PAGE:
Thirdly, we may adopt a child because we see some beauty, merit or virtue in the child. God adopts us when we had no beauty, merit or virtue. We want to believe that God saw something good in us; something that drew Him to us. As a result, we struggle to appreciate the glorious grace (6) that found nothing in us that obligated Him to respond towards us.
Consider Ezekiel 16:4-6, “And as for your birth, on the day you were born your cord was not cut, nor were you washed with water to cleanse you, nor rubbed with salt, nor wrapped in swaddling clothes. No eye pitied you, to do any of these things to you out of compassion for you, but you were cast out on the open field, for you were abhorred, on the day you were born. And when I passed by you and saw you wallowing in your blood, I said to you in your blood, ‘Live!’ I said to you in your blood, ‘Live!’”
Since our virtue, merit and beauty did not draw the Father to us then we can have great confidence. The Lord showed to us mercy and He will continue to do so. Ephesians 2:8, “For by grace you have been saved through faith. And this is not your own doing; it is the gift of God, not a result of works, so that no one may boast.”
Fourthly, we do not adopt criminals whose debt we have to assume at the cost of giving our own dear son for their freedom. Yet, that is what God has done for us. We were criminals, traitors, at war with God, enemies, lawbreakers; yet God chose us in Christ to be in His family. He assumed our debt and liability and paid it off and granted to us an unimaginable inheritance.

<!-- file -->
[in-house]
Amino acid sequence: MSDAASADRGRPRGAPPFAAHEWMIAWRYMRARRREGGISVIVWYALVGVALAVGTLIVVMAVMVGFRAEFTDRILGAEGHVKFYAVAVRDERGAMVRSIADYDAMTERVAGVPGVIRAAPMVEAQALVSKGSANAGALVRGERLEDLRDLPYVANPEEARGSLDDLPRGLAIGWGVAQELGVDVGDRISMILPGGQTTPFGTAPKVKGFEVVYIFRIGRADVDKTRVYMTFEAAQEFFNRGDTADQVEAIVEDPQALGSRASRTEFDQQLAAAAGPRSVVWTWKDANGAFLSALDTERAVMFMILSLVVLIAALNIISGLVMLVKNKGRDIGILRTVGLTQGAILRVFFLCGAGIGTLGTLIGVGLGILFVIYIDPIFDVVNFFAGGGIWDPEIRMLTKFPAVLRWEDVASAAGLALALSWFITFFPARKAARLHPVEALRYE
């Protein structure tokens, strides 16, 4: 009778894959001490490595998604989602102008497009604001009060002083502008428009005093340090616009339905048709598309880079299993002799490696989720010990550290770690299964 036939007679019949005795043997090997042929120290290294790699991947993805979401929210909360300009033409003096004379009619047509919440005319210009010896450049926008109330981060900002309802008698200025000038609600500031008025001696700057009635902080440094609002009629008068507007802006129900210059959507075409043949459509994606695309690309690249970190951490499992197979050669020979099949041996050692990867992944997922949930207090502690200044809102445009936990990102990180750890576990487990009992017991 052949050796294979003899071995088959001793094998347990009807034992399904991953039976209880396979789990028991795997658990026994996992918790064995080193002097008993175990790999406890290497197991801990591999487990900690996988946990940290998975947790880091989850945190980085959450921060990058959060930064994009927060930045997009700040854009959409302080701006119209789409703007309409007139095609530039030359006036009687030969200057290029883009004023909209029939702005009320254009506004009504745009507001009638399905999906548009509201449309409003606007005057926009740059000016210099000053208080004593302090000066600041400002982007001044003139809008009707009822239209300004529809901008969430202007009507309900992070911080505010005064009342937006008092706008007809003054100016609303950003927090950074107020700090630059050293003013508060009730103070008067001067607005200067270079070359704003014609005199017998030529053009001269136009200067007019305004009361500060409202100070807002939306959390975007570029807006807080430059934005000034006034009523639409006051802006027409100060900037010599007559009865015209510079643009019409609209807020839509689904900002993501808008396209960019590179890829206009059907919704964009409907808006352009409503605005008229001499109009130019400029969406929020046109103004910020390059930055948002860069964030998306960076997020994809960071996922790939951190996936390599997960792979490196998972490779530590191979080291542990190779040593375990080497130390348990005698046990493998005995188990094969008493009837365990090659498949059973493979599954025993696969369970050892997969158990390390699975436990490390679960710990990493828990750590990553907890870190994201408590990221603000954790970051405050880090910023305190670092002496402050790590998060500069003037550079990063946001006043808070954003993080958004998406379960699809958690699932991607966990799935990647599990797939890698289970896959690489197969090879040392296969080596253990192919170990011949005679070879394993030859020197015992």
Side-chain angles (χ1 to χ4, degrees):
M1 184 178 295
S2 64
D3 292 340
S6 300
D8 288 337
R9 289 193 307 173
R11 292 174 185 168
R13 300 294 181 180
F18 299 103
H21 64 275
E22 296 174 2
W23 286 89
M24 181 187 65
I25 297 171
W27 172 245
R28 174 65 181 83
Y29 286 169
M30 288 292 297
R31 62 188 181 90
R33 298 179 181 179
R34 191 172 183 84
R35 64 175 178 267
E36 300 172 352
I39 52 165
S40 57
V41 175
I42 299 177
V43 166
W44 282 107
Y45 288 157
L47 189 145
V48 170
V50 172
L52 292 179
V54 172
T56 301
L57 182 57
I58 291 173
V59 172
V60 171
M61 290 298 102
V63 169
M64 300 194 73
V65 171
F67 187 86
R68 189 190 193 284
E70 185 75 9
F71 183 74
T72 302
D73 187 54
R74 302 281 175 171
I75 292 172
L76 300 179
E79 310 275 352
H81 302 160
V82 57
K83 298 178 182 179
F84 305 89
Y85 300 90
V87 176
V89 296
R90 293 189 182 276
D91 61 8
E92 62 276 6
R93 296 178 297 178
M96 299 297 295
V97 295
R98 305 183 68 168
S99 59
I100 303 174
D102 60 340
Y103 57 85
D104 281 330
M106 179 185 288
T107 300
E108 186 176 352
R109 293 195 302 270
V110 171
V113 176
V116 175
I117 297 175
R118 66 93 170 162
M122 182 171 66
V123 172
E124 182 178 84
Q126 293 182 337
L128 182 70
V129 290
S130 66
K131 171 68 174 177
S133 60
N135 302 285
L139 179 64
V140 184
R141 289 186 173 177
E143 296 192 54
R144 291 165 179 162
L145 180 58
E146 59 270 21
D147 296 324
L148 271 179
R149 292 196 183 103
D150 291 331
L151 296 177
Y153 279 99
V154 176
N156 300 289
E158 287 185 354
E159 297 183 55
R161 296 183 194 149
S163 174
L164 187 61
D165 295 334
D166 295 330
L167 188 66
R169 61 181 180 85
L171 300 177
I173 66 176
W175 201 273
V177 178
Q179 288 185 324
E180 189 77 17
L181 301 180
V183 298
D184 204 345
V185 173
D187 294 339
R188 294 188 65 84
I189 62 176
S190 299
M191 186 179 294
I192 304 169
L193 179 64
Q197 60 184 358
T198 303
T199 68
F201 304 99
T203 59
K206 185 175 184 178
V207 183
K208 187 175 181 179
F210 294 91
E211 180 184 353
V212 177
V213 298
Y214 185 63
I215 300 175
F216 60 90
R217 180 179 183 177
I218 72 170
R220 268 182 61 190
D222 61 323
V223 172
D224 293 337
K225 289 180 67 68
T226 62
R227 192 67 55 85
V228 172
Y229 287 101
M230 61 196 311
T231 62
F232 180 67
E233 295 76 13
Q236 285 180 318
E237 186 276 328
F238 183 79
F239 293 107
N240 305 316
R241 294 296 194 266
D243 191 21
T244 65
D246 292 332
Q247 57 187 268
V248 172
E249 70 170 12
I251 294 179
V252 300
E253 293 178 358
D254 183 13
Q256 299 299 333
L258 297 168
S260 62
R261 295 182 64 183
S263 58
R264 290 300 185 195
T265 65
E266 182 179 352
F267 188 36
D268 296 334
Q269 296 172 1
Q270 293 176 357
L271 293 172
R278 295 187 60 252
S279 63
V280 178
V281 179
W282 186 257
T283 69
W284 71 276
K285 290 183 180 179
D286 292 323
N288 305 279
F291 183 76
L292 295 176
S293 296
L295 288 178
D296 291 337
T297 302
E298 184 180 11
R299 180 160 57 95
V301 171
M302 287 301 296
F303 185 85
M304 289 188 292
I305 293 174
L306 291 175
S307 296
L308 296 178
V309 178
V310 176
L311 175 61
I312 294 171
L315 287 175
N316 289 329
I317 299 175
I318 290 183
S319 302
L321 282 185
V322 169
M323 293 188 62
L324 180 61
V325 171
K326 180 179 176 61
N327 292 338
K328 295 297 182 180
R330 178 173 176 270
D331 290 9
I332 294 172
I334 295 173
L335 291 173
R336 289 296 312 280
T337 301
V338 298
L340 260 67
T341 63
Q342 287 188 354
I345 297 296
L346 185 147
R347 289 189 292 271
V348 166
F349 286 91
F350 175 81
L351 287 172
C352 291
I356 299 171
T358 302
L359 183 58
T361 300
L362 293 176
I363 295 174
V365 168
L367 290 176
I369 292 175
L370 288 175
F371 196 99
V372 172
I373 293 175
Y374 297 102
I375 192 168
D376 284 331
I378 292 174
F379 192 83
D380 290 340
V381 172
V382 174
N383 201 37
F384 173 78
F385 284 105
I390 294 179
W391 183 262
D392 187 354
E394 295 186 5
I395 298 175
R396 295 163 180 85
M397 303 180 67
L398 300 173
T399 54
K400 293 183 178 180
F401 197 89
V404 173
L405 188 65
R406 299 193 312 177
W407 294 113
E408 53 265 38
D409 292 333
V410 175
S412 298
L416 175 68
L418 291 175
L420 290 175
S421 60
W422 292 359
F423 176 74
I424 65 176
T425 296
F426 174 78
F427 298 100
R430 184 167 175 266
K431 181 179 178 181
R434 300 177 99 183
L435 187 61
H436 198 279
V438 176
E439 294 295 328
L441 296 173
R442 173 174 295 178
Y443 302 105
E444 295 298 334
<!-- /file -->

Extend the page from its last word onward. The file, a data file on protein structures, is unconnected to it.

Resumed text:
Romans 5:6-8, “For while we were still weak, at the right time Christ died for the ungodly. For one will scarcely die for a righteous person – though perhaps for a good person one might dare even to die – but God shows His love for us in that while we were still sinners, Christ died for us.”
Fifthly, when we adopt children we can give them our name, make them part of our family, provide for them and grant to them an inheritance. We can seek to invest in them personally, train them, teach them, inspire them and give them countless opportunities and benefits. But God gives to His adopted children His Spirit, His nature and His very life. He puts His law upon their hearts, changes their disposition, seals them with the Holy Spirit, and gives to them every spiritual blessing in Christ Jesus.
Consider Ephesians 2:1-4a, “And you were dead in the trespasses and sins in which you once walked, following the course of the world, following the prince of the power of the air, the spirit that is now at work in the sons of disobedience – among whom we all once lived in the passions of our flesh, carrying out the desires of the body and the mind, and were by nature children of wrath, like the rest of mankind. But God...”
Having considered five characteristics of our adoption to the Lord, I will close with these words for John Bunyan as he contemplated the Spirit of Adoption that a Christian has been given.
“Child of God, you who has awe and reverence for God, mercy is always close to you, plenty of mercy, for it will live longer than your sin, longer than temptation. It will live longer than your sorrows, and longer than all the things that bother you now. This mercy has lived from before the beginning of time to work your salvation, and this mercy lives eternally to conquer all your enemies. What can hell and death do to the person who is covered with God’ s mercy? This mercy belongs to us if we reverence the Lord.”